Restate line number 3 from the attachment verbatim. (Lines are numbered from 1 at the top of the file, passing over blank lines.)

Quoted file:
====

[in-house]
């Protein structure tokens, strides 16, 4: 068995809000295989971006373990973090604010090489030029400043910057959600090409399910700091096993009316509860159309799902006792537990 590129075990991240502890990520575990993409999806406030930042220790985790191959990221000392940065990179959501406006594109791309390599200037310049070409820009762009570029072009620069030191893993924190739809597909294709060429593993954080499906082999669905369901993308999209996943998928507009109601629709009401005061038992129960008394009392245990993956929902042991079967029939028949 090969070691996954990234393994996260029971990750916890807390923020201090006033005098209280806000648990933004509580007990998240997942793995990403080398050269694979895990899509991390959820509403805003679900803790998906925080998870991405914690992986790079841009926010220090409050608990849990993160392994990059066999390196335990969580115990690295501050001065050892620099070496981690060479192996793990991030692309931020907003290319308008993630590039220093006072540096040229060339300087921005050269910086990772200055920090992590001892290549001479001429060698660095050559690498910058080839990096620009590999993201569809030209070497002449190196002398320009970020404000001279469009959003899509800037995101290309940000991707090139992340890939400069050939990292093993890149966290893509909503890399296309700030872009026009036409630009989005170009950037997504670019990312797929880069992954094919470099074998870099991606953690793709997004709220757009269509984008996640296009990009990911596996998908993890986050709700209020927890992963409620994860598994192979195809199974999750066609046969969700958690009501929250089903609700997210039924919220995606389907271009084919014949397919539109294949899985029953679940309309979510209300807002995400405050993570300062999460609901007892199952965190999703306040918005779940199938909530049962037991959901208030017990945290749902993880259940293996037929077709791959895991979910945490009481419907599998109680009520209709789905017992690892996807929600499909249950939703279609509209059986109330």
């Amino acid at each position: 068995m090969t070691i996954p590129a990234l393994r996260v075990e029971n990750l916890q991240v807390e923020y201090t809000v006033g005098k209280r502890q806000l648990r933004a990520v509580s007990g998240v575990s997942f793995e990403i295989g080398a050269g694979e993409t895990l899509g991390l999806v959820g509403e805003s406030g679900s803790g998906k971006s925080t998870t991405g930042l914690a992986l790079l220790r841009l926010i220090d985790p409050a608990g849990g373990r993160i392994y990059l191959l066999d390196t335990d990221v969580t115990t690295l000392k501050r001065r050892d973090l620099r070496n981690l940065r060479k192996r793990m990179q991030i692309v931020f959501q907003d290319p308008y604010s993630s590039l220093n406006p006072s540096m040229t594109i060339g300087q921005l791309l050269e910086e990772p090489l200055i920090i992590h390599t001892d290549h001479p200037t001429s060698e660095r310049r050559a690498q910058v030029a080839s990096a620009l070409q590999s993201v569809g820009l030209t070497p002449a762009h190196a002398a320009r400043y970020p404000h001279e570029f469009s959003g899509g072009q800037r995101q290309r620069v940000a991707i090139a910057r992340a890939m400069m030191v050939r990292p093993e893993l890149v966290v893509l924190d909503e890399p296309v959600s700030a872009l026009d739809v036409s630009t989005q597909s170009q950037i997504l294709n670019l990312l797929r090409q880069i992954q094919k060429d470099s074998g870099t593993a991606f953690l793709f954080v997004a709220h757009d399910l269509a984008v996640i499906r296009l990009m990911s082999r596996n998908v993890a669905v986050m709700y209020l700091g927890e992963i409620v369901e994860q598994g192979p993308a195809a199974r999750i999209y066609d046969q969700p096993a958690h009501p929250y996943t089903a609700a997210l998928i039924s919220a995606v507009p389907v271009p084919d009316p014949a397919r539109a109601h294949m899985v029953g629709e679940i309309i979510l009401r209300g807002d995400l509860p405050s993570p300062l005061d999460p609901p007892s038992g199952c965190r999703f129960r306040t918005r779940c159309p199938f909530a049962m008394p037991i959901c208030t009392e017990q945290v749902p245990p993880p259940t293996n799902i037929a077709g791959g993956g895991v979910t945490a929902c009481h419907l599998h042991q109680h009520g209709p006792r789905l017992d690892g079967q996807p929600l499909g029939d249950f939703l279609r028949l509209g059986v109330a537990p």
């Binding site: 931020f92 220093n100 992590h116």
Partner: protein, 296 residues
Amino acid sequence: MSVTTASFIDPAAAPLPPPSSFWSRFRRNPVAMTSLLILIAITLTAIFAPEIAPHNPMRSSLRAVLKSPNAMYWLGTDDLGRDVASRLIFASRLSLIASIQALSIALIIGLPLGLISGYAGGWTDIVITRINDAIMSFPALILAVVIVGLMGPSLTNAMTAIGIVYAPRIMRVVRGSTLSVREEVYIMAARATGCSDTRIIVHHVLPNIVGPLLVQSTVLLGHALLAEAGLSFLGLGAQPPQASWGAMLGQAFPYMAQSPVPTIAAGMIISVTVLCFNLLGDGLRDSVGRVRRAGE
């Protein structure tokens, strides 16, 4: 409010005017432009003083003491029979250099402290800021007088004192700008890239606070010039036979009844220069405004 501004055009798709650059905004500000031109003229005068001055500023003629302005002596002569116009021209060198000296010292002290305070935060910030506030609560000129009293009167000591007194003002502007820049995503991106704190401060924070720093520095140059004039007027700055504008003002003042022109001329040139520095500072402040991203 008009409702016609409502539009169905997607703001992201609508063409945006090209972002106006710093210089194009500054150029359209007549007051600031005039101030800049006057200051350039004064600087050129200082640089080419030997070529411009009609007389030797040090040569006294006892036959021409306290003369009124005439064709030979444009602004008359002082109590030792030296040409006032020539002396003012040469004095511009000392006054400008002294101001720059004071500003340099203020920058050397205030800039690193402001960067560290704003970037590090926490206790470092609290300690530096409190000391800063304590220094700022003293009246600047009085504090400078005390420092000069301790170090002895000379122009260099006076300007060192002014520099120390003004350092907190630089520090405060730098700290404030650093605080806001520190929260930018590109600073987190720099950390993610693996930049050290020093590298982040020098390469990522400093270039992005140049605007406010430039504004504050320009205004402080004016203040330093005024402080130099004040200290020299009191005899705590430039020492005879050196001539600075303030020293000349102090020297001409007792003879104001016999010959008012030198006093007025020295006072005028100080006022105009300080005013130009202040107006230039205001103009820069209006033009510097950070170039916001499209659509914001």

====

């Amino acid at each position: 068995m090969t070691i996954p590129a990234l393994r996260v075990e029971n990750l916890q991240v807390e923020y201090t809000v006033g005098k209280r502890q806000l648990r933004a990520v509580s007990g998240v575990s997942f793995e990403i295989g080398a050269g694979e993409t895990l899509g991390l999806v959820g509403e805003s406030g679900s803790g998906k971006s925080t998870t991405g930042l914690a992986l790079l220790r841009l926010i220090d985790p409050a608990g849990g373990r993160i392994y990059l191959l066999d390196t335990d990221v969580t115990t690295l000392k501050r001065r050892d973090l620099r070496n981690l940065r060479k192996r793990m990179q991030i692309v931020f959501q907003d290319p308008y604010s993630s590039l220093n406006p006072s540096m040229t594109i060339g300087q921005l791309l050269e910086e990772p090489l200055i920090i992590h390599t001892d290549h001479p200037t001429s060698e660095r310049r050559a690498q910058v030029a080839s990096a620009l070409q590999s993201v569809g820009l030209t070497p002449a762009h190196a002398a320009r400043y970020p404000h001279e570029f469009s959003g899509g072009q800037r995101q290309r620069v940000a991707i090139a910057r992340a890939m400069m030191v050939r990292p093993e893993l890149v966290v893509l924190d909503e890399p296309v959600s700030a872009l026009d739809v036409s630009t989005q597909s170009q950037i997504l294709n670019l990312l797929r090409q880069i992954q094919k060429d470099s074998g870099t593993a991606f953690l793709f954080v997004a709220h757009d399910l269509a984008v996640i499906r296009l990009m990911s082999r596996n998908v993890a669905v986050m709700y209020l700091g927890e992963i409620v369901e994860q598994g192979p993308a195809a199974r999750i999209y066609d046969q969700p096993a958690h009501p929250y996943t089903a609700a997210l998928i039924s919220a995606v507009p389907v271009p084919d009316p014949a397919r539109a109601h294949m899985v029953g629709e679940i309309i979510l009401r209300g807002d995400l509860p405050s993570p300062l005061d999460p609901p007892s038992g199952c965190r999703f129960r306040t918005r779940c159309p199938f909530a049962m008394p037991i959901c208030t009392e017990q945290v749902p245990p993880p259940t293996n799902i037929a077709g791959g993956g895991v979910t945490a929902c009481h419907l599998h042991q109680h009520g209709p006792r789905l017992d690892g079967q996807p929600l499909g029939d249950f939703l279609r028949l509209g059986v109330a537990p």